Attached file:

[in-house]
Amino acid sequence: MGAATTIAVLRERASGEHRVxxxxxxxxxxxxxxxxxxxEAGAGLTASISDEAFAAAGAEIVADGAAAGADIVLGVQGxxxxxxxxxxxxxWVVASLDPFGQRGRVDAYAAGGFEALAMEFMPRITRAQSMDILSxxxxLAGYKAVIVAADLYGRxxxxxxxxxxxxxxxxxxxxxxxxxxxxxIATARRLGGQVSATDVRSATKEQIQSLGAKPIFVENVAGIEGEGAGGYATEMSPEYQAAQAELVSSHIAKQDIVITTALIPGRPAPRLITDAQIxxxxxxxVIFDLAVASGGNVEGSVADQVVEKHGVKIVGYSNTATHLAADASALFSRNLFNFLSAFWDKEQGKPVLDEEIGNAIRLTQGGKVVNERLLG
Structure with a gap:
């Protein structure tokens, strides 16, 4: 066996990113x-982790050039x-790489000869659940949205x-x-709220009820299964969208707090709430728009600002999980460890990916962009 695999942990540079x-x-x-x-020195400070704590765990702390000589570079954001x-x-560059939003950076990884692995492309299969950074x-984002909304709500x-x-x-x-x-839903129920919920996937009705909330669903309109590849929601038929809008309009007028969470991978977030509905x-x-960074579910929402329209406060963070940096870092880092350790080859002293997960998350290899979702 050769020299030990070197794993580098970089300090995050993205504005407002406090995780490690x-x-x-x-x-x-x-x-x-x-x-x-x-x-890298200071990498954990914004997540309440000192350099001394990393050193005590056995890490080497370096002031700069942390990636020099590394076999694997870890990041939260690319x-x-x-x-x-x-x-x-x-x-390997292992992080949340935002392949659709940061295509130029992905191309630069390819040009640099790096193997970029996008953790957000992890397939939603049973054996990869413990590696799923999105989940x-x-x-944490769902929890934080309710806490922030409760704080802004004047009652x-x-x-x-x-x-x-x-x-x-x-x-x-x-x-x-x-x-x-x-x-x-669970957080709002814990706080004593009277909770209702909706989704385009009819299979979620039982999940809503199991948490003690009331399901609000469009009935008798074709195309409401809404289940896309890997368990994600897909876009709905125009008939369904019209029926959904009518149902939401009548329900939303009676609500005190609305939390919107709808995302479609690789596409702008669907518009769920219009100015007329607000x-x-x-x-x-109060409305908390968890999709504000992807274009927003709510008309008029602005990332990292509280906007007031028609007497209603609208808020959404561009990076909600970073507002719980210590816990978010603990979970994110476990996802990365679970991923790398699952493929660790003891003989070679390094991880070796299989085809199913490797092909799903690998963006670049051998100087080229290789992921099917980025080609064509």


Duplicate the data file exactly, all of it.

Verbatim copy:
[in-house]
Amino acid sequence: MGAATTIAVLRERASGEHRVxxxxxxxxxxxxxxxxxxxEAGAGLTASISDEAFAAAGAEIVADGAAAGADIVLGVQGxxxxxxxxxxxxxWVVASLDPFGQRGRVDAYAAGGFEALAMEFMPRITRAQSMDILSxxxxLAGYKAVIVAADLYGRxxxxxxxxxxxxxxxxxxxxxxxxxxxxxIATARRLGGQVSATDVRSATKEQIQSLGAKPIFVENVAGIEGEGAGGYATEMSPEYQAAQAELVSSHIAKQDIVITTALIPGRPAPRLITDAQIxxxxxxxVIFDLAVASGGNVEGSVADQVVEKHGVKIVGYSNTATHLAADASALFSRNLFNFLSAFWDKEQGKPVLDEEIGNAIRLTQGGKVVNERLLG
Structure with a gap:
């Protein structure tokens, strides 16, 4: 066996990113x-982790050039x-790489000869659940949205x-x-709220009820299964969208707090709430728009600002999980460890990916962009 695999942990540079x-x-x-x-020195400070704590765990702390000589570079954001x-x-560059939003950076990884692995492309299969950074x-984002909304709500x-x-x-x-x-839903129920919920996937009705909330669903309109590849929601038929809008309009007028969470991978977030509905x-x-960074579910929402329209406060963070940096870092880092350790080859002293997960998350290899979702 050769020299030990070197794993580098970089300090995050993205504005407002406090995780490690x-x-x-x-x-x-x-x-x-x-x-x-x-x-890298200071990498954990914004997540309440000192350099001394990393050193005590056995890490080497370096002031700069942390990636020099590394076999694997870890990041939260690319x-x-x-x-x-x-x-x-x-x-390997292992992080949340935002392949659709940061295509130029992905191309630069390819040009640099790096193997970029996008953790957000992890397939939603049973054996990869413990590696799923999105989940x-x-x-944490769902929890934080309710806490922030409760704080802004004047009652x-x-x-x-x-x-x-x-x-x-x-x-x-x-x-x-x-x-x-x-x-x-669970957080709002814990706080004593009277909770209702909706989704385009009819299979979620039982999940809503199991948490003690009331399901609000469009009935008798074709195309409401809404289940896309890997368990994600897909876009709905125009008939369904019209029926959904009518149902939401009548329900939303009676609500005190609305939390919107709808995302479609690789596409702008669907518009769920219009100015007329607000x-x-x-x-x-109060409305908390968890999709504000992807274009927003709510008309008029602005990332990292509280906007007031028609007497209603609208808020959404561009990076909600970073507002719980210590816990978010603990979970994110476990996802990365679970991923790398699952493929660790003891003989070679390094991880070796299989085809199913490797092909799903690998963006670049051998100087080229290789992921099917980025080609064509």